Perhaps two things are important. Over the years and with increasing success, I've learned to say no. I'm not very good at it. Before, I wasn't very good at it. That saves a tremendous amount of resources. That doesn't mean I'm totally empathy-less. But I tell people clearly: I'll listen to your problem, I'll give you advice, but I won't solve your problem. That's enormously important for peace of mind. I don't work until I drop either. All those guys who tell me they have to work 16 hours a day are doing something wrong. I like to work a lot, too, but not 16 hours. Sure, there have been phases like that. But today I try to work less and offer people around me a positive and appreciative environment and simply let them work.
On the second point, my grandmother had a great influence on me; she gave me a very positive image of humanity, which can't be shattered. Recently, an acquaintance said to me: "David, you've experienced so much shit and met so many people who wanted to pull the wool over your eyes. But you still believe in the good in people. Exactly!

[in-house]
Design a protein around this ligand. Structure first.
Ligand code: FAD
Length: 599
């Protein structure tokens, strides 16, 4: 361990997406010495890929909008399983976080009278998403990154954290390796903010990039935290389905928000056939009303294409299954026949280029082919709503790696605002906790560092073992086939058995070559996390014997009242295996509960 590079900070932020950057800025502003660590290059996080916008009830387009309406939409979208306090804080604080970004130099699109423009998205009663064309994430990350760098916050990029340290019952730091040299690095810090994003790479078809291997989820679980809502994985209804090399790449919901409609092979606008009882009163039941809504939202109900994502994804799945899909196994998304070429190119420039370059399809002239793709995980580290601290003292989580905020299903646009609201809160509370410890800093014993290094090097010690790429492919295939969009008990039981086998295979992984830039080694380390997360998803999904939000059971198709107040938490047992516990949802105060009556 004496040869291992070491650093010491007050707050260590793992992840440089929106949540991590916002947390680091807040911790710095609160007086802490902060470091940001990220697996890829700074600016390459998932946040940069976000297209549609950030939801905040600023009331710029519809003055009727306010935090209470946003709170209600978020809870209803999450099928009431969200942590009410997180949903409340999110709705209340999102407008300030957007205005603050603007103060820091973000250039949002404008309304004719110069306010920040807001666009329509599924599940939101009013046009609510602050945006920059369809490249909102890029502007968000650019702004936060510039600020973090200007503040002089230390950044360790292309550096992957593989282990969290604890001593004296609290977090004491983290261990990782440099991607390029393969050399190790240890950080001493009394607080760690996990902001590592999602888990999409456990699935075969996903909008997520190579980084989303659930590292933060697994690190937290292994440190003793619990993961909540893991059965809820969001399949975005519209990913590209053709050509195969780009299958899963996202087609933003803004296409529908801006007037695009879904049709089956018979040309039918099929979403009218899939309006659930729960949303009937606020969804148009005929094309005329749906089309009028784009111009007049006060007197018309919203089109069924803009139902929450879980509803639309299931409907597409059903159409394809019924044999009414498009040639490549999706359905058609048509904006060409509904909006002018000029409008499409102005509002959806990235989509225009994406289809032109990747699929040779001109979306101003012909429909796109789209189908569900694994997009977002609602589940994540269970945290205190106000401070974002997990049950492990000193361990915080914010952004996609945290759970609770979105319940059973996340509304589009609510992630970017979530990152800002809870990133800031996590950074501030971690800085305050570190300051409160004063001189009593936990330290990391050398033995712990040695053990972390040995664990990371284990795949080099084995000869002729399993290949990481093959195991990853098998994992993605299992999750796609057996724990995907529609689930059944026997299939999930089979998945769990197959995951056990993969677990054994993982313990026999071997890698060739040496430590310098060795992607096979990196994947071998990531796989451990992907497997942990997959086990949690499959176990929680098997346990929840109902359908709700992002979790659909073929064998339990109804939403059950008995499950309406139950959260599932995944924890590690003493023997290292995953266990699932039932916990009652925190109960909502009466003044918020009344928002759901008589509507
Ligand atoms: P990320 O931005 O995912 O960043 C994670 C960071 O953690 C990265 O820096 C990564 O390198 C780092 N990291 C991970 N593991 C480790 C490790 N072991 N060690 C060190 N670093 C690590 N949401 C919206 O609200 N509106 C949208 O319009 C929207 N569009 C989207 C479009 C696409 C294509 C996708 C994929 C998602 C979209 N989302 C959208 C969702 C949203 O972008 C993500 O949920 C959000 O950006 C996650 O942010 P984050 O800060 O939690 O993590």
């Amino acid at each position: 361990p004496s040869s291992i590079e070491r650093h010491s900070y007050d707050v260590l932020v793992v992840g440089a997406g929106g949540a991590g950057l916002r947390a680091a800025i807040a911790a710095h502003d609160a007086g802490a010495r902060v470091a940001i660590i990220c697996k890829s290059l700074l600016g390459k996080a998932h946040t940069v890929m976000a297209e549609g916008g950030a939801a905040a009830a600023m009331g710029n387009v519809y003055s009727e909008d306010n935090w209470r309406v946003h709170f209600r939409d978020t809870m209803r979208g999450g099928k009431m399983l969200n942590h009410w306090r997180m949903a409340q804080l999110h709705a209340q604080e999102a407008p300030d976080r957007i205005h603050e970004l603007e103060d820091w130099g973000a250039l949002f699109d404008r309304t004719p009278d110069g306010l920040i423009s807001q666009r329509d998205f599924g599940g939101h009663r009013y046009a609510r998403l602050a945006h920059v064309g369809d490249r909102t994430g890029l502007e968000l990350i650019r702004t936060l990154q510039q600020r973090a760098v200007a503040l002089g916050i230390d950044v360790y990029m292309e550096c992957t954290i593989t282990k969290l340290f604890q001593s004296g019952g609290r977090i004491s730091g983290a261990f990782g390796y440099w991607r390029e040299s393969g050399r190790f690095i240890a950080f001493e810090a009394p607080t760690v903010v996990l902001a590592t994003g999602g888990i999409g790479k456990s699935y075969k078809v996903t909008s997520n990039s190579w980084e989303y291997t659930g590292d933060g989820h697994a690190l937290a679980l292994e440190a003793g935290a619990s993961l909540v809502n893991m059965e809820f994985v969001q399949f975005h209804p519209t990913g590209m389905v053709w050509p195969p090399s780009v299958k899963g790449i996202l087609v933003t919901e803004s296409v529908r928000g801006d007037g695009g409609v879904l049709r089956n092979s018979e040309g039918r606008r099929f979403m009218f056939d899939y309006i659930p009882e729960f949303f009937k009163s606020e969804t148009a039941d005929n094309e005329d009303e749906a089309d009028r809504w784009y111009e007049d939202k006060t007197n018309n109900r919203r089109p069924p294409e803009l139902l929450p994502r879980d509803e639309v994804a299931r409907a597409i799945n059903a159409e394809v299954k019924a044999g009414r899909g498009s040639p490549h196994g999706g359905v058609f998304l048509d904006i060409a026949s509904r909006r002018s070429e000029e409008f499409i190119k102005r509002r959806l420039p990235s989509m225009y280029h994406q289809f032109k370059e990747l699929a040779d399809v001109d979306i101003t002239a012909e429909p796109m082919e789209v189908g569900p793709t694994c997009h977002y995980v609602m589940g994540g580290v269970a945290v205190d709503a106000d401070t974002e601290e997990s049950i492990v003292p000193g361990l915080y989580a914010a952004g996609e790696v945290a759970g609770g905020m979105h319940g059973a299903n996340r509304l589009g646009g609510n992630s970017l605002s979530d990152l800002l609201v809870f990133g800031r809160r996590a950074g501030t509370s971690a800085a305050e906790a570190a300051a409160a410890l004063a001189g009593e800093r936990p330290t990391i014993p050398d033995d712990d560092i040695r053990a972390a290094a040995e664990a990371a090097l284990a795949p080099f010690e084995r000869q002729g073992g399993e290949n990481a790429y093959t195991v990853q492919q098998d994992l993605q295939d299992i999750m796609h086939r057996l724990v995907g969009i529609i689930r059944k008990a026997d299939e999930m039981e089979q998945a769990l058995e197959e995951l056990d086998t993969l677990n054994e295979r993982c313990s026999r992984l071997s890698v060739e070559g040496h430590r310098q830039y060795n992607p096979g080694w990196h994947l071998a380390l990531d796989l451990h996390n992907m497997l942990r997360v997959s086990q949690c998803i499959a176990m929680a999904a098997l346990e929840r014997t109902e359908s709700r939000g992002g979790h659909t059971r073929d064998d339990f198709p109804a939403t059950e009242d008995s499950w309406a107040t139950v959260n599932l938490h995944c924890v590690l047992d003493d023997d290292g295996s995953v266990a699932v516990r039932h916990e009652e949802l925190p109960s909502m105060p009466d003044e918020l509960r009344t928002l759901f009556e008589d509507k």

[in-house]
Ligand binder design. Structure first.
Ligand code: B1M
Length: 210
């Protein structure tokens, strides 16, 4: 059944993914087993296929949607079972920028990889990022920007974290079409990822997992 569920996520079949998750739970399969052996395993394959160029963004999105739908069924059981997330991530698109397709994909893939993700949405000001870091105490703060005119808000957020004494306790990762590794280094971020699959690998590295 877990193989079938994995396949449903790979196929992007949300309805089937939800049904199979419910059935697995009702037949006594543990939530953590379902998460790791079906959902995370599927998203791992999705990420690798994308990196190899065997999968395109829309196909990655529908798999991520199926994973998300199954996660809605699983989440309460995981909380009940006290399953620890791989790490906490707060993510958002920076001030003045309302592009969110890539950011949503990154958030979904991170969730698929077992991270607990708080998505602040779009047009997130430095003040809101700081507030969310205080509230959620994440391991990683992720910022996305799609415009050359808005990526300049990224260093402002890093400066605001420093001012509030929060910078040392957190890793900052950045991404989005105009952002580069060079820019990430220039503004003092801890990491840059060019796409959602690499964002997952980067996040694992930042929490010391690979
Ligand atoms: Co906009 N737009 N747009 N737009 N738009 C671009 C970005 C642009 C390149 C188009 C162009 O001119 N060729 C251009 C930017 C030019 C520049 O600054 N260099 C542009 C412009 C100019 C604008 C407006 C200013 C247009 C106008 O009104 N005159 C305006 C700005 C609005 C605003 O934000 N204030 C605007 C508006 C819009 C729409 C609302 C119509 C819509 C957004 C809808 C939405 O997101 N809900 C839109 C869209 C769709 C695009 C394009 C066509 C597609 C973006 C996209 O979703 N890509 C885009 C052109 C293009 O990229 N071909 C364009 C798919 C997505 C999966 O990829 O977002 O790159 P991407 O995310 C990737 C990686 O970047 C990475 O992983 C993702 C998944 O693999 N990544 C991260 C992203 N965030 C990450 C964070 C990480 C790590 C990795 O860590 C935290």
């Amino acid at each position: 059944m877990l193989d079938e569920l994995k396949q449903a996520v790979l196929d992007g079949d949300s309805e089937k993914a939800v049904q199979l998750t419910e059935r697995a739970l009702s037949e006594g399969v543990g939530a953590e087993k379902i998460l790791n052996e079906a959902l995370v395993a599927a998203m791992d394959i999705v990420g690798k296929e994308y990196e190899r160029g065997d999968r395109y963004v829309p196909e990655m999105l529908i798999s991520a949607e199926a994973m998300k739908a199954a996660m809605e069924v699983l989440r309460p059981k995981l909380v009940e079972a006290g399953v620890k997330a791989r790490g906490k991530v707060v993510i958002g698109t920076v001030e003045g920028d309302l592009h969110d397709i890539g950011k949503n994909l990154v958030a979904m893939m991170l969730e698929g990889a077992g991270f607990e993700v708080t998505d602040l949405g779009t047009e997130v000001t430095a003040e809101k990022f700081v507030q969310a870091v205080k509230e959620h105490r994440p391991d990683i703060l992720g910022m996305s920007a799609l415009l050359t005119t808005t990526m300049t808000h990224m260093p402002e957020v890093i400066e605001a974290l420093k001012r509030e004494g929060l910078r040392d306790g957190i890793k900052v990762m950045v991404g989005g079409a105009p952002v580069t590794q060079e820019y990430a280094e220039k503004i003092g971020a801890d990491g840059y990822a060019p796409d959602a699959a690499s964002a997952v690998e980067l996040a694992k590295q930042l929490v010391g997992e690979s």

Great grandma! What else did she teach you?
Quite a lot of old wisdom. I like sentences like that. For example, "What goes around comes around. That's how I deal with people, with my employees. Because I believe that people reflect their behavior. If he feels he's just being screwed, he tries to screw back. Or "necessity is the mother of invention. Why don't we have enough founders in Germany? Because we don't have any need, we're doing too well. My grandma also used to say "Treat everyone the way you would like to be treated". If you go through life with these basic principles, you don't need a manager seminar, then a lot of things will go by themselves. At least I have never been to such a seminar.
Life is easier when you believe in the good in people?